The grand old party of India is due for a change of guard from Sonia Gandhi to her son early this December. Such dynastic change has taken place within the Congress over six generations beginning with Motilal Nehru, but the present one is of seminal importance as the party faces a deep existential crisis. While the party has faced splits, assassination of leaders, organisational decline and electoral defeats in its 133 years, the 2014 national elections saw it touching a nadir, gaining just 44 seats, many from safe constituencies or those belonging to the family. This is reflective of a crisis of leadership, lack of ideological clarity, internal divisions and decay of organisation with little presence on the ground in many states, enabling the BJP to spread its presence in large parts of the country.
Now the time has come for the ascendancy of Rahul Gandhi, 47, to the party’s top. The Congress has not been—contrary to what is often assumed—a single party since its formation: there has been a distinct Nehruvian Congress, an Indira, a Rajiv, a Sonia and now a Rahul Congress. Each leader has left his/her stamp on the party and the country’s politics.
Tenacity and Determination
The Sonia Gandhi period stands out as that of someone who initially hesitated to join politics and went on to show courage and achieve considerable success despite facing several problems. After her husband Rajiv Gandhi was assassinated in 1991, the baton was passed for the first time to a non-family leader. The party did survive under P.V. Narasimha Rao, but it was a difficult time. Only in 1998 did Sonia become the president, bringing the party back into the hands of the family. After 1991, several senior leaders constantly invited her to head the party, but they managed to convince her only in 1997. Initially, she faced many challenges with Sharad Pawar and others leaving the party in 1999, citing her foreign origin and, two years later, Jitendra Prasad challenging her for the post of president. Overcoming these, she managed to provide stability—surely a modicum of it—and hold the party together. As leader of the Opposition in 2003, Sonia led a no-confidence motion against the A.B. Vajpayee government and launched a nation-wide campaign for the aam aadmi against the BJP’s India Shining campaign. In 2004, she led her party to victory after a gap of almost 15 years, and again in 2009. Under her, the Pachmarhi conclave of the Congress declared that the era of single-party dominance was over and forming coalitions was necessary, leading eventually to the formation of the UPA.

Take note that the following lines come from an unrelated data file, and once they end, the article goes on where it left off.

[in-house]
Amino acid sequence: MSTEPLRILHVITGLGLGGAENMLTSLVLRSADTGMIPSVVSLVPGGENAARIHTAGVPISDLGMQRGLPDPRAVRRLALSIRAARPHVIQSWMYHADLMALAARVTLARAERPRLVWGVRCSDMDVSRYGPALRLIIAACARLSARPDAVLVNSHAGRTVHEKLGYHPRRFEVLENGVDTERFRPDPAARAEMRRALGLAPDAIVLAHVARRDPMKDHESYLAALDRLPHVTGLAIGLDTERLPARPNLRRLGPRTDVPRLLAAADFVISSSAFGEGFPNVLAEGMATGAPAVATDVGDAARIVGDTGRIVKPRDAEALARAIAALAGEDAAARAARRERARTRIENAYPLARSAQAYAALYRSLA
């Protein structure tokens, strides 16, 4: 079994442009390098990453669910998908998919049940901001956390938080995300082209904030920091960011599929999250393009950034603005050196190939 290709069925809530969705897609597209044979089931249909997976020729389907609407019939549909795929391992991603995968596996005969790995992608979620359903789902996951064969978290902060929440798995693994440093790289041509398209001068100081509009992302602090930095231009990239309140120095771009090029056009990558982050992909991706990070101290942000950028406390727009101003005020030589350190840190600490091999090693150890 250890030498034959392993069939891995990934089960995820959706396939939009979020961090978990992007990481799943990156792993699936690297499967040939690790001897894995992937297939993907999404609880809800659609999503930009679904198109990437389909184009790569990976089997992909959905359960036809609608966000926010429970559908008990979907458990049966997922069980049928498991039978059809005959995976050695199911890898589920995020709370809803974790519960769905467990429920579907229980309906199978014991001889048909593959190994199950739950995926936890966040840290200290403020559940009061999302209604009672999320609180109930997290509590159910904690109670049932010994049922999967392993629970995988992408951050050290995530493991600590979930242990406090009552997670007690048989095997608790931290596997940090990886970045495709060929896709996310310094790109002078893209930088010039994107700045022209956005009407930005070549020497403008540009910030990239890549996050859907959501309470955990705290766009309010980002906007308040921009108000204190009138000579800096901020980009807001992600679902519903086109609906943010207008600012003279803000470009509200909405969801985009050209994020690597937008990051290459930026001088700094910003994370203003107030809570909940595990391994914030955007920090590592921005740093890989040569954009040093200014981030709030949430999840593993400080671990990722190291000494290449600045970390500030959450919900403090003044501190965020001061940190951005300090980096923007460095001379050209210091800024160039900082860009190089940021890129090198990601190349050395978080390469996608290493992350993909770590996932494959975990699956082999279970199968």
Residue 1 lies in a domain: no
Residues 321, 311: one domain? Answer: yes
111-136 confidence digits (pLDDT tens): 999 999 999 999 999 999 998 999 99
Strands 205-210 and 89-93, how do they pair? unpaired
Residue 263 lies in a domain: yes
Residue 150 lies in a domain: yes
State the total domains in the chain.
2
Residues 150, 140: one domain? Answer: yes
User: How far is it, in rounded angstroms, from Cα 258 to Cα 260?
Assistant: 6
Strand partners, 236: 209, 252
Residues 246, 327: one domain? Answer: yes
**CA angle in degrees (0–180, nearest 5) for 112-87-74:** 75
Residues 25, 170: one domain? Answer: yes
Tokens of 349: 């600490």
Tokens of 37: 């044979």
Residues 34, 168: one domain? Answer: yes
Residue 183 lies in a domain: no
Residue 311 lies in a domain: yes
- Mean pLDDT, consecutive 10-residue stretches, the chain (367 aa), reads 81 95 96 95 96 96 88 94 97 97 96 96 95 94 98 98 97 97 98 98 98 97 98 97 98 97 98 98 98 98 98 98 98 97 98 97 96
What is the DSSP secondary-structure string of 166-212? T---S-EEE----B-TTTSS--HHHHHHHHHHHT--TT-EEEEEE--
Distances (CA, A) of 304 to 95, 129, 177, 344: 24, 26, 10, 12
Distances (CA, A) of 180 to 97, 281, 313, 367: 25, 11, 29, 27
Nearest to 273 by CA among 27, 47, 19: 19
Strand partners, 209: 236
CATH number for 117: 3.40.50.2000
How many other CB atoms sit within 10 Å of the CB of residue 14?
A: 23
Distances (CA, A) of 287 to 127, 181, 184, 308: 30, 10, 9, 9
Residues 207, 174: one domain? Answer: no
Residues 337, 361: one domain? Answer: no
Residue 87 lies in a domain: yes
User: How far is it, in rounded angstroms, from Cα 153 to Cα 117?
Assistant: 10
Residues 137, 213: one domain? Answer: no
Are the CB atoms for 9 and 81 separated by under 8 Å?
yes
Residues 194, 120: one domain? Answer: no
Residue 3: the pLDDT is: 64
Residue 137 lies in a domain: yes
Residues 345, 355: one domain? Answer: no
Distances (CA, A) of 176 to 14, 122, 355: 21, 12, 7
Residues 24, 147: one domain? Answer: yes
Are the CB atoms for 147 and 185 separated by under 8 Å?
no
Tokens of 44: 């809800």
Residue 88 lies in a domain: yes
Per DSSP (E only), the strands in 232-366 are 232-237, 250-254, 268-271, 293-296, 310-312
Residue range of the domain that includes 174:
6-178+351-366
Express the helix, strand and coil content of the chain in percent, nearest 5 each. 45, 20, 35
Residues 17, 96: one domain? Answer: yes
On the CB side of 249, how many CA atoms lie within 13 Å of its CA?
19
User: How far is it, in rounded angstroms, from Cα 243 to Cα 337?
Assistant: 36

Sonia chose to make Manmohan Singh the PM and she, as the UPA chairperson, provided the required stability though it led to allegations that she was the real power in the government. More importantly, Sonia set up an innovative National Advisory Council. It was criticised as an extra-constitutional body, but the NAC enriched democracy with the help of civil society organisations through legislative inputs for policies such as NREGA, RTI and other areas such as health, education and food security. In fact, in 2009 Forbes declared her as the most powerful woman leader. Yet, in 2008, scams had hit the Congress: 2G and Agusta Westland among others, proving to be the immediate reason for the downfall of her party.
The BJP was able to use the flaws effectively in the 2014 national elections, portraying the Congress as corrupt and one that didn’t give the PM the real power. Sonia lost control at the Centre in 2014, but has continued to be one of the most significant politicians from the Opposition though her stature has declined with that of the party. Many observers and some members of the Congress have criticised her for favouring her son as the successor. Dynasty politics is cited as a major reason for the rapid decline of the party over the last few years. Sonia’s absence will leave a void in the Congress but the party has stated that she will continue to mentor it.